Prior to the release of the NPD Group's March 2009 sales data on Thursday, which tracks U.S. retail console video game sales, most analysts and observers expected that the industry would eke out another month of growth.
With the results in, and industry sales down nearly 17% overall, the discussion has shifted to look for explanations for the drop.
Below we cover some essential features of the retail landscape in March 2009. Read on for details about first-night sales of the Nintendo DSi, price drops for PlayStation hardware, Capcom's strong software sales, and the fate of third-party software on the Wii.
Hardware Generally Down
Other platforms have seen sales growth while Sony's PlayStation hardware line has suffered a few months of year-on-year declines.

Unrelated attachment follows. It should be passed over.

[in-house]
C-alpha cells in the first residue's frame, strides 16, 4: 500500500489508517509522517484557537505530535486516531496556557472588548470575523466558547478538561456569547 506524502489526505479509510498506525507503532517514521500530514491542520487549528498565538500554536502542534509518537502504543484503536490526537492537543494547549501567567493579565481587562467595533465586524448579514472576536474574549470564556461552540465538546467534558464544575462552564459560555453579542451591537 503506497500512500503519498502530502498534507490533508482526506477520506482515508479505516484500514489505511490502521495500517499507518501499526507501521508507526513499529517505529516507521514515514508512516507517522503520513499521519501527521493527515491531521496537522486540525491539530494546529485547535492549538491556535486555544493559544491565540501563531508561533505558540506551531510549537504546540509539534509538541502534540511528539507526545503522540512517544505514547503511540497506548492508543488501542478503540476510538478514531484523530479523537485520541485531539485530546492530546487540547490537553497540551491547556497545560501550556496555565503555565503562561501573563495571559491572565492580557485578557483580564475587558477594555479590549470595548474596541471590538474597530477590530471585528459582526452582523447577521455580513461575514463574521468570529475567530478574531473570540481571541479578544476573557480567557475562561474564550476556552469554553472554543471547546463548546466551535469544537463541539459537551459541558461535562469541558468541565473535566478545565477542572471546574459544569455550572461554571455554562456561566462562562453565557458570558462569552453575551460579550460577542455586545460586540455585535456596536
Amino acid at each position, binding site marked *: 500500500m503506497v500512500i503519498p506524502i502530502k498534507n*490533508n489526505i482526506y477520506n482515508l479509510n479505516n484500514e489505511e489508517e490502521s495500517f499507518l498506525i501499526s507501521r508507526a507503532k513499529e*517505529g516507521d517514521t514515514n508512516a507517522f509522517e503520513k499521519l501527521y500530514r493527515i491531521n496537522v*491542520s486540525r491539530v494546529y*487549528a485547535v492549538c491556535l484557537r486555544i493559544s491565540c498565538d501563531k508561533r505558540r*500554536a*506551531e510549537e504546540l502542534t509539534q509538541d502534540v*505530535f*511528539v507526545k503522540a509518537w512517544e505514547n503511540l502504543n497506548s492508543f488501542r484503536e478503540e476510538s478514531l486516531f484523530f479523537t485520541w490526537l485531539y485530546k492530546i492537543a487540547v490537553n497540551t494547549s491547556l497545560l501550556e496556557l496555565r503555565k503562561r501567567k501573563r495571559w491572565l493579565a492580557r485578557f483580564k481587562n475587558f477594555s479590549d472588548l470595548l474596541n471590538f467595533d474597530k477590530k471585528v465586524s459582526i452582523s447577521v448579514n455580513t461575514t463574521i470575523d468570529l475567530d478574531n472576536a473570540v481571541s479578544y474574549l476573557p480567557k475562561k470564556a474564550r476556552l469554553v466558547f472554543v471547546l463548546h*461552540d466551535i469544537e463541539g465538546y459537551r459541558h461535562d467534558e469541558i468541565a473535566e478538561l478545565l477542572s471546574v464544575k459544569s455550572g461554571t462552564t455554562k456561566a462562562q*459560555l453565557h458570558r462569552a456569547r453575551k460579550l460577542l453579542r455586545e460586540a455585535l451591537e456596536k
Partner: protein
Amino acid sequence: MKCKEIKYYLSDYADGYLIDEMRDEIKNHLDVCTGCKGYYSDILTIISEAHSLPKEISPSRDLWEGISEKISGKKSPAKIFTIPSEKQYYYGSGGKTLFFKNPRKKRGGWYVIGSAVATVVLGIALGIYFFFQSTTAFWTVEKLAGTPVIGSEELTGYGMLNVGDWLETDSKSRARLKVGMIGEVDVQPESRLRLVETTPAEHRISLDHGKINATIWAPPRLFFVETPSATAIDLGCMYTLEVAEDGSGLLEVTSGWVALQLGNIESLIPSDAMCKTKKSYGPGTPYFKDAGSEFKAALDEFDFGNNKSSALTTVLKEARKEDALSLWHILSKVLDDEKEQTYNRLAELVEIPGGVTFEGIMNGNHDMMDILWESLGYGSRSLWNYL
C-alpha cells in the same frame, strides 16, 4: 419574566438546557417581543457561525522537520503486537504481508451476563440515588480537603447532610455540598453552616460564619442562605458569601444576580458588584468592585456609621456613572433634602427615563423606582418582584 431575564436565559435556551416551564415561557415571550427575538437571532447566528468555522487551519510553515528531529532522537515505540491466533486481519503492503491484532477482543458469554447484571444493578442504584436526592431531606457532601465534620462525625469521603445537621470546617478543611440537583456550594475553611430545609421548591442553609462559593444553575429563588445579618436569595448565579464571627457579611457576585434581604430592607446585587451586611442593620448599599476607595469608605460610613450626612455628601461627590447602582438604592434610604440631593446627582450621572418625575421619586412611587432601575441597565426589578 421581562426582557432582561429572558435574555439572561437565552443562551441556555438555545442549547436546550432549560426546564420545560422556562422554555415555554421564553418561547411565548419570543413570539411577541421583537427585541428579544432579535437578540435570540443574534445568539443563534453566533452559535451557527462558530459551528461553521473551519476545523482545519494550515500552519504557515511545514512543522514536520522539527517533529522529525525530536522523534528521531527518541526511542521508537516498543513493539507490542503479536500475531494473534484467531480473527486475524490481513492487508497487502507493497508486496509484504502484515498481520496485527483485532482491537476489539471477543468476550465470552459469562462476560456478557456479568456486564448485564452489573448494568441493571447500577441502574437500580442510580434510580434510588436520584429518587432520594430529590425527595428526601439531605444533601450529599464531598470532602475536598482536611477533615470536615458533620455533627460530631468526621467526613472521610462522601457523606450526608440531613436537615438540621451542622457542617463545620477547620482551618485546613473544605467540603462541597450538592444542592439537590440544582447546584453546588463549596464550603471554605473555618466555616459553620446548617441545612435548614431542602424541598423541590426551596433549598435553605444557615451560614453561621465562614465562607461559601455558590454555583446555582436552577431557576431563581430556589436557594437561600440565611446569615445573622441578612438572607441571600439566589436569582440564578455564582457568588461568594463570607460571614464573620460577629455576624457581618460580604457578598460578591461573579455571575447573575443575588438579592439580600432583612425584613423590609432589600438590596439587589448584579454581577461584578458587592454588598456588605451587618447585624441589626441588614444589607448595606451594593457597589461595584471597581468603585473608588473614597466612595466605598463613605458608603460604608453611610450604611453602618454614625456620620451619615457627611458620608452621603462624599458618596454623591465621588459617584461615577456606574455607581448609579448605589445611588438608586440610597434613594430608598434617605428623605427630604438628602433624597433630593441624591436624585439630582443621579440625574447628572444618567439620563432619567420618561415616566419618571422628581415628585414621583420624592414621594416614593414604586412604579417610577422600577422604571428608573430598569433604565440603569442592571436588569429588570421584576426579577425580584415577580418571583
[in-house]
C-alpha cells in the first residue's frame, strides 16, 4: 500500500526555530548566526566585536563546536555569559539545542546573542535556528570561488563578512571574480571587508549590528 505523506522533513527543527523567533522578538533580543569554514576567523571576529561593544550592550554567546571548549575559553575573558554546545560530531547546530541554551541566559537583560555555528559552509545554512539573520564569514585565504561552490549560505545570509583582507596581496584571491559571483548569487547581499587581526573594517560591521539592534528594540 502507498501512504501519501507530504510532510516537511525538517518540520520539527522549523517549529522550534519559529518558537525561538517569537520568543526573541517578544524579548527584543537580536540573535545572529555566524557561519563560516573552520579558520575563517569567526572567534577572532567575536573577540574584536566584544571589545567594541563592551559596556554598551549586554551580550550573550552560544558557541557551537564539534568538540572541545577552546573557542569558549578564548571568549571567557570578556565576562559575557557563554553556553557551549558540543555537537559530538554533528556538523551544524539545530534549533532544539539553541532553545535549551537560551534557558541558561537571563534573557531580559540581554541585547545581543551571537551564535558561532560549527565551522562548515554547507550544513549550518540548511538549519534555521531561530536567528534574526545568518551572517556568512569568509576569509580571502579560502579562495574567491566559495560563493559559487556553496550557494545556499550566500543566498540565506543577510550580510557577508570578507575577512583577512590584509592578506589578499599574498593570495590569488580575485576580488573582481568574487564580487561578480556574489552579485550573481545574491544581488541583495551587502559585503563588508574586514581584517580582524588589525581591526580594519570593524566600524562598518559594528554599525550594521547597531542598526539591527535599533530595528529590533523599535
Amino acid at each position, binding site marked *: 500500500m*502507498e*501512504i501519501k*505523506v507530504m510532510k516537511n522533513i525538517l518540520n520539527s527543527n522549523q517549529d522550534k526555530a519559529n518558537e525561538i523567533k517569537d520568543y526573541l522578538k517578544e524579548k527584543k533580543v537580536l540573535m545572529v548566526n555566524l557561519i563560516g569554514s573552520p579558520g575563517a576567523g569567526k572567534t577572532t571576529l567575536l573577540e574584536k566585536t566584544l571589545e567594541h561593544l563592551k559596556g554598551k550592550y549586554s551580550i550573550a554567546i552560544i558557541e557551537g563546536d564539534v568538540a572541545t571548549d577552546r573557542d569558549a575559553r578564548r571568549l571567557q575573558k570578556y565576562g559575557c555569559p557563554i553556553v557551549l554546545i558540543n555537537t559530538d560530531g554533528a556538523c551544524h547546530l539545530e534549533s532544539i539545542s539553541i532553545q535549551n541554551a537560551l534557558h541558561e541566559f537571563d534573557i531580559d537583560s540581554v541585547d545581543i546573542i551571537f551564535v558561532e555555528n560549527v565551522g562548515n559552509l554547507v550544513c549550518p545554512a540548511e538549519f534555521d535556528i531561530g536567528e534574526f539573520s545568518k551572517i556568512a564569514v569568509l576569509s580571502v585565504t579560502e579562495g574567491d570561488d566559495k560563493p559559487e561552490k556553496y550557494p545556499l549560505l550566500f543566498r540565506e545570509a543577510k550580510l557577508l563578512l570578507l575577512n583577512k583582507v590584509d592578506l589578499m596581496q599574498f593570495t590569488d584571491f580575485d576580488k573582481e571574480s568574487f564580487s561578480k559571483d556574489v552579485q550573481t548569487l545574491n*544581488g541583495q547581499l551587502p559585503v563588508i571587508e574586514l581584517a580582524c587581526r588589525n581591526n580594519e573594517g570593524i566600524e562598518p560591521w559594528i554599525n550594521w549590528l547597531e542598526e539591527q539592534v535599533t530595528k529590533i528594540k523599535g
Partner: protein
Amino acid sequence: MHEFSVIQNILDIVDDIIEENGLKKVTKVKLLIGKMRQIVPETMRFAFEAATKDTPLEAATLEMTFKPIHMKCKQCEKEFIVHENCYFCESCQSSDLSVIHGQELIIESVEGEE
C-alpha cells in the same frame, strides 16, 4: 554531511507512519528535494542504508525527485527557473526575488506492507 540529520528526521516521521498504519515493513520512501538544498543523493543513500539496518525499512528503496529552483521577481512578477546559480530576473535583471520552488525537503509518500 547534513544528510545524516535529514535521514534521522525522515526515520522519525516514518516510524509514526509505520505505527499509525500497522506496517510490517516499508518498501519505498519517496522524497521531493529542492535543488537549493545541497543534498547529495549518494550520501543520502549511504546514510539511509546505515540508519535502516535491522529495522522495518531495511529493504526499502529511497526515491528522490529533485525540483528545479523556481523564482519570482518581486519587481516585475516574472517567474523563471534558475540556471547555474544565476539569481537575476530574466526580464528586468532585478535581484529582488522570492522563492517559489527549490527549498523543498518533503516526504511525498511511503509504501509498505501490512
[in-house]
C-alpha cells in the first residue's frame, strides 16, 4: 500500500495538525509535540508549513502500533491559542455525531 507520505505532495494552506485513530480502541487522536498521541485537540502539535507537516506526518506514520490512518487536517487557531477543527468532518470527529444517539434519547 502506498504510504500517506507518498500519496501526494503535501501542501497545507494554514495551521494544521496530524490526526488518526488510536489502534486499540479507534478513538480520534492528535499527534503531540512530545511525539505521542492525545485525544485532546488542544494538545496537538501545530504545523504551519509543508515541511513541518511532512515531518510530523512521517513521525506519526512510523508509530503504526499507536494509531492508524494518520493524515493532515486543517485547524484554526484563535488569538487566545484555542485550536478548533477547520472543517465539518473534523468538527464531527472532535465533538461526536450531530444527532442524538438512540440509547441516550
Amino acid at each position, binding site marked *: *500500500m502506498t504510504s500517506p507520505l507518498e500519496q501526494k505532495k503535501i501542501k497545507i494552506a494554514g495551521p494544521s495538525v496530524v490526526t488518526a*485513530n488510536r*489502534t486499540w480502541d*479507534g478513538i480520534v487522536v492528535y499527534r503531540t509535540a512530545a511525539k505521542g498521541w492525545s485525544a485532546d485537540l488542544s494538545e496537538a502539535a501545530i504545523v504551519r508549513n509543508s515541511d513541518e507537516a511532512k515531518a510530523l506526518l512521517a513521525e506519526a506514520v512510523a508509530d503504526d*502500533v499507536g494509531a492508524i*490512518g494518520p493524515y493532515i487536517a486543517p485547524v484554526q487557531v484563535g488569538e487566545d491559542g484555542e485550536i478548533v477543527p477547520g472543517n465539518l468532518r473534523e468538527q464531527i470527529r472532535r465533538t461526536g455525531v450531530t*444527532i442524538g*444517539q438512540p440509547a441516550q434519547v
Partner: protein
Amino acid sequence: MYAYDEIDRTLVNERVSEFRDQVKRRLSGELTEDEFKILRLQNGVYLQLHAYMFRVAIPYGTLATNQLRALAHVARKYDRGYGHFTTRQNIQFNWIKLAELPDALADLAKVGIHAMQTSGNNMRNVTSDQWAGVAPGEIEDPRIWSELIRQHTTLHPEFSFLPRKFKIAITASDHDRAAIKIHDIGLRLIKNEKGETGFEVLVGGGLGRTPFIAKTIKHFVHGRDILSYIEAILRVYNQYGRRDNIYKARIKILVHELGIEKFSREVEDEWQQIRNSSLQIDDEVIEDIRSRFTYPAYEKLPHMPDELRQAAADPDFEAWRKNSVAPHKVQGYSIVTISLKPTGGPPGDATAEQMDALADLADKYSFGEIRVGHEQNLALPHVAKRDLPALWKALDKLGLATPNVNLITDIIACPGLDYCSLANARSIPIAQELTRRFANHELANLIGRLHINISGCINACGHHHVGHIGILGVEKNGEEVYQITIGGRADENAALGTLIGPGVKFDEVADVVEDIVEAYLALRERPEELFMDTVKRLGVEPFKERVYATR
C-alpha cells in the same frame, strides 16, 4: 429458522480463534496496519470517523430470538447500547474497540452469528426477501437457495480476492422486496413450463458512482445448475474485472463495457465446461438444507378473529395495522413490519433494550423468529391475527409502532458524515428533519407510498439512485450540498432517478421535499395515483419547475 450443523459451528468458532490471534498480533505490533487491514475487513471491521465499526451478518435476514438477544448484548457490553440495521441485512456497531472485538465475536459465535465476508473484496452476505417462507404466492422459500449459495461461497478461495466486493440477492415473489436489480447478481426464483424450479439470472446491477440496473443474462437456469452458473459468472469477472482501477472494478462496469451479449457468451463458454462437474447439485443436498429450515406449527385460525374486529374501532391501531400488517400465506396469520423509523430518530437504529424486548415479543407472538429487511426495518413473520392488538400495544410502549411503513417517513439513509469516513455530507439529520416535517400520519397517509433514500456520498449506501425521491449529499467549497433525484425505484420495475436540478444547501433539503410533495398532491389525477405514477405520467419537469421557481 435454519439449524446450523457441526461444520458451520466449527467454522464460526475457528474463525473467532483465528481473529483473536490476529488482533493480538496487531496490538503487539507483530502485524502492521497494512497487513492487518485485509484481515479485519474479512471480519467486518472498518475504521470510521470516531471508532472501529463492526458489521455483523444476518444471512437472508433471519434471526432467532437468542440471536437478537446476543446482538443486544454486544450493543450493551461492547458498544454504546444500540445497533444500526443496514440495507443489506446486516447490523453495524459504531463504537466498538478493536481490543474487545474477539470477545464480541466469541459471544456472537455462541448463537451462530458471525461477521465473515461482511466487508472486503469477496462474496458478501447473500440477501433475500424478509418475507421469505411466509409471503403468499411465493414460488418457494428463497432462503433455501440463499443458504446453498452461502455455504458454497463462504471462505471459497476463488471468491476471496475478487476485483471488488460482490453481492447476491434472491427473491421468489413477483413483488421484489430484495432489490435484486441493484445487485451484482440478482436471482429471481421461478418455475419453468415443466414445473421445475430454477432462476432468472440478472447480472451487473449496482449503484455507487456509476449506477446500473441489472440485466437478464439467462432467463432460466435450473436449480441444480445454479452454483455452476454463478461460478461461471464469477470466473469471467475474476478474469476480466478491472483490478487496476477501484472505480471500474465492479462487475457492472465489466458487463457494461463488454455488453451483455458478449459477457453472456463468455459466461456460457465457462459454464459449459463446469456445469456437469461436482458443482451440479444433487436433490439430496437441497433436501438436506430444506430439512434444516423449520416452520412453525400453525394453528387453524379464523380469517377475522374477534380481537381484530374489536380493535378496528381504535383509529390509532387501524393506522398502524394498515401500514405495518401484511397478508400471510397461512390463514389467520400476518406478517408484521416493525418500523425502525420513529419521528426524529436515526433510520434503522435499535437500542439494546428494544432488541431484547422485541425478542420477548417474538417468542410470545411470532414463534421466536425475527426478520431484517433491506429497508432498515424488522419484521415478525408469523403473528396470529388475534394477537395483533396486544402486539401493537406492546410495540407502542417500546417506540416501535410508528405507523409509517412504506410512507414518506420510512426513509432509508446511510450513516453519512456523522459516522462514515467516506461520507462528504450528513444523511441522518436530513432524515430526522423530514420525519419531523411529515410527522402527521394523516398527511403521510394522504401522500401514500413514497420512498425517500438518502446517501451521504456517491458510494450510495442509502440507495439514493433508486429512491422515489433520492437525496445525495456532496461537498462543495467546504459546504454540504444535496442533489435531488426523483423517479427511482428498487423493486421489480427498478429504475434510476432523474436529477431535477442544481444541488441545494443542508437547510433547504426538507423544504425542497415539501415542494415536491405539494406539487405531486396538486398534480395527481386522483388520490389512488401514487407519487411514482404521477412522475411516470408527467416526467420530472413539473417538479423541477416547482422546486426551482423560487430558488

Yet in March 2009 Sony's systems were joined by the Nintendo Wii and DS in weaker sales. Only the Xbox 360 saw a year-on-year increase from the rate in March 2008.Here's the last year's weekly sales rates:
The Wii dropped to 120,000 systems per week in March 2009, down from 144,000 per week a year before and from 188,000 in February 2009. That's the weakest showing for the Wii since August 2008.
Despite year-on-year growth (from 52,000 units per week to 66,000 units per week), the Xbox 360 did see a month-on-month decline from almost 98,000 per week in February 2009. Like the Wii, the last time the Xbox 360 had a weekly sales rate this low was in August 2008.
The PlayStation 3 hit 43,600 systems per week in March 2009. The last month that the PlayStation 3 sold so poorly was October 2007, when it hit 30,250 systems per week, right before the introduction of the 40Gb PlayStation 3 at $400. This is the fifth straight month of year-on-year declines for the PlayStation 3.